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Cornerstone Dan is still The Man

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Dan Cole is big enough to stick up for himself, but it does no harm for us to fight his corner sometimes too.

It seems Cole has his doubters and detractors in sections of the media where he is not exactly lavished with praise. It seems any young tighthead prop is championed to take his place. Several have come. And gone.
None, though, has managed to take the shirt off him so any length of time so far.
Cole has played more than 150 games for Tigers, leaping over the considerable claims of Julian White and Martin Castrogiovanni to establish himself as first choice and staying ahead of the talents of Logo Mulipola to keep the No3 shirt. He has more than 60 caps for England and has barely missed a game since making his debut after just a handful of starting appearances for Tigers. Cole has been part of a victorious British & Irish Lions squad in Australia and has now played in England’s first-ever series win there.
It is a remarkable record and one that may have finally earned some praise away from Welford Road.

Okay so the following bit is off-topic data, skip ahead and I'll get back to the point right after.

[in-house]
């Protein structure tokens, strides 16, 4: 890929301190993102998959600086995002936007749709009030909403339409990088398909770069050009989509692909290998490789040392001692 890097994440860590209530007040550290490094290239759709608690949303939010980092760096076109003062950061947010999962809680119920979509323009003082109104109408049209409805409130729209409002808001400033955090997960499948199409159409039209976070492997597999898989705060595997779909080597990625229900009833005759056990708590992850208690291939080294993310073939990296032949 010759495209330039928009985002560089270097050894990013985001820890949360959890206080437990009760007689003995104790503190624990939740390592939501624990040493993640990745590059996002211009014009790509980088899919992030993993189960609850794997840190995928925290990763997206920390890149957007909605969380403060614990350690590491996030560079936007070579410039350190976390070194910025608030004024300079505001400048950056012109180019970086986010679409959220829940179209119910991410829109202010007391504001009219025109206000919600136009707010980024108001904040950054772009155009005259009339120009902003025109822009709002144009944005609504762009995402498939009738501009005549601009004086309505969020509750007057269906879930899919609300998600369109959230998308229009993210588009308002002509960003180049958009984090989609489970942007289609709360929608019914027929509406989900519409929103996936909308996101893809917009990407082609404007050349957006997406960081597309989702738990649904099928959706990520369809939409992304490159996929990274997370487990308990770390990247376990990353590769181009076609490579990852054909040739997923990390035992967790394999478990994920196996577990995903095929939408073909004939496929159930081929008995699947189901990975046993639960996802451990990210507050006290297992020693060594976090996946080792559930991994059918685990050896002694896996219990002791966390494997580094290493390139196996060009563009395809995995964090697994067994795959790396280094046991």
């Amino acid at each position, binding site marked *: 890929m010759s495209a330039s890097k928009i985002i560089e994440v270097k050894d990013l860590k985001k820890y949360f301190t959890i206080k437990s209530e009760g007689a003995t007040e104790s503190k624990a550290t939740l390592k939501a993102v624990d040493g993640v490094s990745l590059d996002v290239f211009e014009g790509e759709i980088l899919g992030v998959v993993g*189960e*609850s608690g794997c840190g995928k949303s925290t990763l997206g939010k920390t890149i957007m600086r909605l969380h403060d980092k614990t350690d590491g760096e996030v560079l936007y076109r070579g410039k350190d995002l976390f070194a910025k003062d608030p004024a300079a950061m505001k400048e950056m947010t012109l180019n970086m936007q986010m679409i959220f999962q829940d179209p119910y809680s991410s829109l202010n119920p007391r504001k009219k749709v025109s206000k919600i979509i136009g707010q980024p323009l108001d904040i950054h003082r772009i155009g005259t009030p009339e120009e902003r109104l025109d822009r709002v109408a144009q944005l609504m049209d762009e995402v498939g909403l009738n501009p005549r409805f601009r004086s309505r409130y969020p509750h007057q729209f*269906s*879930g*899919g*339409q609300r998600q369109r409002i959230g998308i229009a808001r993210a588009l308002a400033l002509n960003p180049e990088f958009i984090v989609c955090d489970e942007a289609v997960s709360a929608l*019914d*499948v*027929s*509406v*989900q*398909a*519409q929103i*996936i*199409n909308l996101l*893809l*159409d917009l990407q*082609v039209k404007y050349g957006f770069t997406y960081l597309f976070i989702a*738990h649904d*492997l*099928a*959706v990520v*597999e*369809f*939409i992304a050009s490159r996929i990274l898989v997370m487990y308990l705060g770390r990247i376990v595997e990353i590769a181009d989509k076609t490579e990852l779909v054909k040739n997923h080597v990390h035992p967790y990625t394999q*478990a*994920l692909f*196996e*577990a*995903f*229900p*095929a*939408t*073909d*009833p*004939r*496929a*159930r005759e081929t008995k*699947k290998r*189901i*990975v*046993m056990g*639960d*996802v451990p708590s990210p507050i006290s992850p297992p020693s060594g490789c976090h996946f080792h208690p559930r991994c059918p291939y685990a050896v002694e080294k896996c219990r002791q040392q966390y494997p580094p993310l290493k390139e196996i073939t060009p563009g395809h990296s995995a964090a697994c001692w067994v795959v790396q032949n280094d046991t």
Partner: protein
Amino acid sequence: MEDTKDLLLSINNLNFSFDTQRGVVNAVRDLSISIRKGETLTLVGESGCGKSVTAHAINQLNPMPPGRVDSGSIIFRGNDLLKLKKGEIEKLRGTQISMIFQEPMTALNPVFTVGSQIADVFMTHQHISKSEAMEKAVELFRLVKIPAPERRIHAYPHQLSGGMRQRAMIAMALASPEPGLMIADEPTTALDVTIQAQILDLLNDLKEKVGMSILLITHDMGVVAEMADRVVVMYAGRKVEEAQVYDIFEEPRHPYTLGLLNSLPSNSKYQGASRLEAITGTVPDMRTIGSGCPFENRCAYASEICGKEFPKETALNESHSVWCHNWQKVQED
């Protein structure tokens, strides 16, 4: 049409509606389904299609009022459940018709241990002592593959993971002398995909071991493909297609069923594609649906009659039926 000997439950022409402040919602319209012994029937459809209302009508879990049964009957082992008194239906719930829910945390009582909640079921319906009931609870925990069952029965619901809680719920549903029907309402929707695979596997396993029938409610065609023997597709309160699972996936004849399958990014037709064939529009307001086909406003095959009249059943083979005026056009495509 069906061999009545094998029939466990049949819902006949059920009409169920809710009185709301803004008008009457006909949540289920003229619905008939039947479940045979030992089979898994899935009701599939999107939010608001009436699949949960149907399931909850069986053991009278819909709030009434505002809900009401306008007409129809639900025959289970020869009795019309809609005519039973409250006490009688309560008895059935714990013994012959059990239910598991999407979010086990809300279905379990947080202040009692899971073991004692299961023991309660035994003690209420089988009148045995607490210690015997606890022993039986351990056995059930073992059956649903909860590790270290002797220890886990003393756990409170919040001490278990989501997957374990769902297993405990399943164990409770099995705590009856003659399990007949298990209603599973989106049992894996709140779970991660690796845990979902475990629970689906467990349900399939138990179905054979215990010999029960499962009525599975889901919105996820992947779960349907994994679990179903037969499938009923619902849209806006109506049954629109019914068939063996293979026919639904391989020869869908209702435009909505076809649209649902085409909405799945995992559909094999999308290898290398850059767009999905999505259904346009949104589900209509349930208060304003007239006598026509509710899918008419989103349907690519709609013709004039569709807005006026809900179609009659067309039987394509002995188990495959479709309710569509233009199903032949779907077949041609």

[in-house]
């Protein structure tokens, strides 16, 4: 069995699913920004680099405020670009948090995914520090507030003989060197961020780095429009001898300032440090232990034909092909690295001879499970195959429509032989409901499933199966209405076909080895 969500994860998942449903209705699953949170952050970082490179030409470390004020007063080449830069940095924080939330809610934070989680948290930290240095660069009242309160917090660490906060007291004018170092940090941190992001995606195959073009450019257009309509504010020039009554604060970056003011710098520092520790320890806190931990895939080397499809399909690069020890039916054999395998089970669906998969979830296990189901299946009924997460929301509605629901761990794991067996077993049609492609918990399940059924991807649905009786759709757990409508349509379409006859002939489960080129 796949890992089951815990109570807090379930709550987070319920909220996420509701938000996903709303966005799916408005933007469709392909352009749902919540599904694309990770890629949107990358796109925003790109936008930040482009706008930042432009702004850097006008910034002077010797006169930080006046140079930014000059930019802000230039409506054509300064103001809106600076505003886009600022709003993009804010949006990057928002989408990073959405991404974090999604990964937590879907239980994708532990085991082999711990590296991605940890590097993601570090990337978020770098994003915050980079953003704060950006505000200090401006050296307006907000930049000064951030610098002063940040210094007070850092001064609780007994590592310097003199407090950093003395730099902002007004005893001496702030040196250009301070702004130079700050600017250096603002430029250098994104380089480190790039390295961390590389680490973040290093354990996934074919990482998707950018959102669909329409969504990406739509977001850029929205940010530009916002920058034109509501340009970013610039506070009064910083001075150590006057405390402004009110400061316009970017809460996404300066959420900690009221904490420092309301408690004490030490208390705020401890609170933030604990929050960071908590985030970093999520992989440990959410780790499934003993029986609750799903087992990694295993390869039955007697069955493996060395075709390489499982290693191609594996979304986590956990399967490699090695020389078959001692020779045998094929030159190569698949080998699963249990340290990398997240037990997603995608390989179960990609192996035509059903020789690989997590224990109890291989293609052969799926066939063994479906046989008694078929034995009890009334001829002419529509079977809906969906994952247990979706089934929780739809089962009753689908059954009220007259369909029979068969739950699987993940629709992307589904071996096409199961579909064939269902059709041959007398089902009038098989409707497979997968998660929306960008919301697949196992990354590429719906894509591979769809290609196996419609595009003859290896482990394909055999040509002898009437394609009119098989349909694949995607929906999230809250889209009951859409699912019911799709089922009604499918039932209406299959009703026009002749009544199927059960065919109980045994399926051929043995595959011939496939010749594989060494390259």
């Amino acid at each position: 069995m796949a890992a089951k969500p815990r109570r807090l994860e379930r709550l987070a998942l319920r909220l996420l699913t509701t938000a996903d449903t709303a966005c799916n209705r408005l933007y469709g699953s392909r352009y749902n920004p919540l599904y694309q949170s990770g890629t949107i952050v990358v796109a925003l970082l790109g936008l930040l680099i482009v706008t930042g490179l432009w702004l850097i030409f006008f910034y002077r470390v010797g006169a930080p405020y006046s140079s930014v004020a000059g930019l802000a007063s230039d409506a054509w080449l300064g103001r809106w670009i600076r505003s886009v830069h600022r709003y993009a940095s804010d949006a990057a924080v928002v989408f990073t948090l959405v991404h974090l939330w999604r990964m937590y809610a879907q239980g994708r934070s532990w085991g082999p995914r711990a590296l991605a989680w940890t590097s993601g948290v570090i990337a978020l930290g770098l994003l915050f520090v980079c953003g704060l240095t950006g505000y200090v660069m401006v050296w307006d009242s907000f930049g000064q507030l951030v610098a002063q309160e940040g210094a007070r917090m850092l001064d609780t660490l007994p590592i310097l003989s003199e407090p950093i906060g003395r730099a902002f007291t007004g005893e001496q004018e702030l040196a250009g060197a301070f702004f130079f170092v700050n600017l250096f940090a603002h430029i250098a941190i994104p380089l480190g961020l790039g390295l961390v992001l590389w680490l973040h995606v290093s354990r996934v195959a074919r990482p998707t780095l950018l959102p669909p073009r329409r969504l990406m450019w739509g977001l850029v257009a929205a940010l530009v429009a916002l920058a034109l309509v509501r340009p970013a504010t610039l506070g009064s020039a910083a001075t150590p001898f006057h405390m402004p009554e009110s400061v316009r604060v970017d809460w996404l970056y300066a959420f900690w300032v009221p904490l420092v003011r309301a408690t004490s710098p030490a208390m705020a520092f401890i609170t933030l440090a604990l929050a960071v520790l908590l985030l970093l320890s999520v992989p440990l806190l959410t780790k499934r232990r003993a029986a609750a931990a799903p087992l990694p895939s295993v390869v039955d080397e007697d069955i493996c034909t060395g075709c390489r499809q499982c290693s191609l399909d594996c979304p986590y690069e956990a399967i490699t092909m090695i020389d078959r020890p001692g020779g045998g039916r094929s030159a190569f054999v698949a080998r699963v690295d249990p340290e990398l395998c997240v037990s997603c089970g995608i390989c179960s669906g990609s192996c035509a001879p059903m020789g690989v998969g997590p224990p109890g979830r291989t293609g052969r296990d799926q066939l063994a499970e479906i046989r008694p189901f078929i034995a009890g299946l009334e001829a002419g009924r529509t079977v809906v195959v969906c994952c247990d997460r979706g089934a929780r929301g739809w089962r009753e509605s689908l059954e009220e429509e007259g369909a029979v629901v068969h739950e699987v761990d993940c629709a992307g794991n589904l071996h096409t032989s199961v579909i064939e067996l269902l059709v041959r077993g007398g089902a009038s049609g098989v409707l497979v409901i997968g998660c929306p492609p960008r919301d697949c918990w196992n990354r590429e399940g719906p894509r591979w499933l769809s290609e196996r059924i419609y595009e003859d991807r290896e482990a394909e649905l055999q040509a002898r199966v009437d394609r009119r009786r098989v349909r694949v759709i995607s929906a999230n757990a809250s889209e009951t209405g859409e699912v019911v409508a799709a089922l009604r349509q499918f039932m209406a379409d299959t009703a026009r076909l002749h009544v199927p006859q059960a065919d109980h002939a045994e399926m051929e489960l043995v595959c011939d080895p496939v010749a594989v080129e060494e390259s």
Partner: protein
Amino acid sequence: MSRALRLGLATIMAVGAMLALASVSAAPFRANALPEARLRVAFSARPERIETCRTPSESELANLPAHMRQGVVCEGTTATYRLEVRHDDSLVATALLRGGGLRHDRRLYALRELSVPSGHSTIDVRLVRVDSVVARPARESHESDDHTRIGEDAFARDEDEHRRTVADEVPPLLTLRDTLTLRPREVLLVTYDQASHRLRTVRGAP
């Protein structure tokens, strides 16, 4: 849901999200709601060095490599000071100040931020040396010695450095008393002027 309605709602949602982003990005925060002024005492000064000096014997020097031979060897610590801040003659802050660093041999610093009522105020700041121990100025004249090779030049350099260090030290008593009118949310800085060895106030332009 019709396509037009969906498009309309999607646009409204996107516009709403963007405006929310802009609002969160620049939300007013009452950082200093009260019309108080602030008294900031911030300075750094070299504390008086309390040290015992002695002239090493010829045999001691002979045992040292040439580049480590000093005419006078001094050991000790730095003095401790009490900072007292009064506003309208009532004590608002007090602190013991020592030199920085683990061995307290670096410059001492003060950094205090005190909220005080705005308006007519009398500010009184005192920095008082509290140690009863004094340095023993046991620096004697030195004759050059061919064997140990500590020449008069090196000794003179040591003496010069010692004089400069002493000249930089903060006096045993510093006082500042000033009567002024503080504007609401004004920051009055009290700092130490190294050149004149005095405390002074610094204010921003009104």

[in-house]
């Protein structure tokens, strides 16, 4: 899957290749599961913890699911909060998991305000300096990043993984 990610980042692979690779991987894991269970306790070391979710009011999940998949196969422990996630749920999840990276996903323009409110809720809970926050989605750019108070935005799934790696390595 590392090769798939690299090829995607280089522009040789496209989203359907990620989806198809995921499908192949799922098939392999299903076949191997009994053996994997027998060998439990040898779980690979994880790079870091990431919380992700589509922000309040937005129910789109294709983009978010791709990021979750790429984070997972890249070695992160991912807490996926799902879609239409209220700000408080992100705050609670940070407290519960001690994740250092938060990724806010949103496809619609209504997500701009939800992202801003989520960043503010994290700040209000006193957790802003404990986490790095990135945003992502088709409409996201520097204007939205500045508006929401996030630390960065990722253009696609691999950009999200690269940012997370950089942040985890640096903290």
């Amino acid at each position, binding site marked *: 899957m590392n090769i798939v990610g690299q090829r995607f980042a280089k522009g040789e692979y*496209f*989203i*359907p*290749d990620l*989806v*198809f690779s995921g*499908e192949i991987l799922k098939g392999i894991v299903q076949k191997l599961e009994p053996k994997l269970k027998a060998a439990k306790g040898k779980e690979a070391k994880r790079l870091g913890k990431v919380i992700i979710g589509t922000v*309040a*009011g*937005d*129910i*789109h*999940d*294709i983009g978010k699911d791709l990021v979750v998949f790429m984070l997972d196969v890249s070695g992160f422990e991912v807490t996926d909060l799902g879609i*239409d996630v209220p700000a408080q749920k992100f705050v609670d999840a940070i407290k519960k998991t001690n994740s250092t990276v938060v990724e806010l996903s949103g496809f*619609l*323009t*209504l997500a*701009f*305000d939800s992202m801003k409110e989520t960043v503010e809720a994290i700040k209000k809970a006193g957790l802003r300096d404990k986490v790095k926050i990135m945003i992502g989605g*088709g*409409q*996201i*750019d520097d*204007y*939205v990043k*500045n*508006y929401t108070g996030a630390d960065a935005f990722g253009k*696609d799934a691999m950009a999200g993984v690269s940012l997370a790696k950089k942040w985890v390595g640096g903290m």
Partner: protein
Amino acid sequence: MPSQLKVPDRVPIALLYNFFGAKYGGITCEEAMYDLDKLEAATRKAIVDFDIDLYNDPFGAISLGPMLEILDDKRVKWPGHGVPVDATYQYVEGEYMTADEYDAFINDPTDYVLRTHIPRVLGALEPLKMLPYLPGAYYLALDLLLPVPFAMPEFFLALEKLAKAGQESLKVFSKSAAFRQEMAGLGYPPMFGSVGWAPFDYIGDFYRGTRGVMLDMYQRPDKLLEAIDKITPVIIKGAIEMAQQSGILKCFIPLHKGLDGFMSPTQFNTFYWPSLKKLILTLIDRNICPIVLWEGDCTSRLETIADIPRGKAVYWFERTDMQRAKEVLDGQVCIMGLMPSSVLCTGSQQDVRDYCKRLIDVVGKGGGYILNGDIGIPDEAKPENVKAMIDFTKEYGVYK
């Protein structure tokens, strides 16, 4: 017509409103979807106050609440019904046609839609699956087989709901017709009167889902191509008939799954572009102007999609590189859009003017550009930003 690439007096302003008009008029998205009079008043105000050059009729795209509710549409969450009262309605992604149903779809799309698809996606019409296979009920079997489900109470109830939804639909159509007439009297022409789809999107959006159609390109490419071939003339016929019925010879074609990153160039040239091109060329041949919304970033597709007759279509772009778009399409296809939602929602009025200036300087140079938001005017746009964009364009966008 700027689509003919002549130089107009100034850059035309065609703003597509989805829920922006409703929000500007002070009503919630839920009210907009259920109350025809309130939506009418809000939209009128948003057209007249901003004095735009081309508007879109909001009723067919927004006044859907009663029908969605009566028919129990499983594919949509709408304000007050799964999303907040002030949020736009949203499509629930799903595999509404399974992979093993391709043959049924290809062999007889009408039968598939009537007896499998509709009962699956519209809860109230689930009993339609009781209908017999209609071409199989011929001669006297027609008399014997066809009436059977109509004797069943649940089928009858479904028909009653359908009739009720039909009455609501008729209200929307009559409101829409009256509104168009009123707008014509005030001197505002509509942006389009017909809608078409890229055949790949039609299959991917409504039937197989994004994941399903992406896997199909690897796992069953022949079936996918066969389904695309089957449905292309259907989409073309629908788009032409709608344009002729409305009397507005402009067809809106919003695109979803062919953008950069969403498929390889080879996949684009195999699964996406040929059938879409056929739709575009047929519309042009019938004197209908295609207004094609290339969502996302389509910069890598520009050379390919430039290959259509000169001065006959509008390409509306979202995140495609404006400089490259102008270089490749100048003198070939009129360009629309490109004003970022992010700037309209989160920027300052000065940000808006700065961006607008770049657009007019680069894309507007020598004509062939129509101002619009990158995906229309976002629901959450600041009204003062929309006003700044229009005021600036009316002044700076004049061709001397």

No less than Stuart Barnes, often the pantomime villain for Tigers fans, has been singing Dan’s praises after England clinched series victory in Australia.
The front row, he wrote, was the “only place to begin” when looking for reasons behind England’s return to prominence. Further, he said Cole and Mako Vunipola “destroyed” the Aussie scrum, pointing out that they cost the Wallabies’ first-choice props their places and sent their replacements packing, while the Tigers prop “quietly went about his demolition job”.
All this against the background of a media campaign led by World Cup-winning coach Bob Dwyer who said Cole had flaunted the rules in his scrummaging technique in the opening Test. Referee Romain Poite did not agree in the first Test and Craig Joubert did not find anything to whistle about in the second – both pinged the Wallabies though. Barnes was adamant that Cole stayed straight and square while it was an Aussie backside that jutted out of the front row at all angles.
Critics argue that Cole is not a huge ball-carrier, but there are other players to do that role, and his work at the breakdown is akin to  England having an extra back-rower – and at 19 stones he takes some shifting once he's over the ball.

You are unlikely to see Dan thrust himself into the spotlight or crave coverage in social media. A tighthead does most of his work away from direct glare, and it’s just the way he likes it.
We should not allow a low profile, though, to diminish the achievements of England’s cornerstone. The adulation is the last thing he would expect but the very least he deserves. Top man Dan.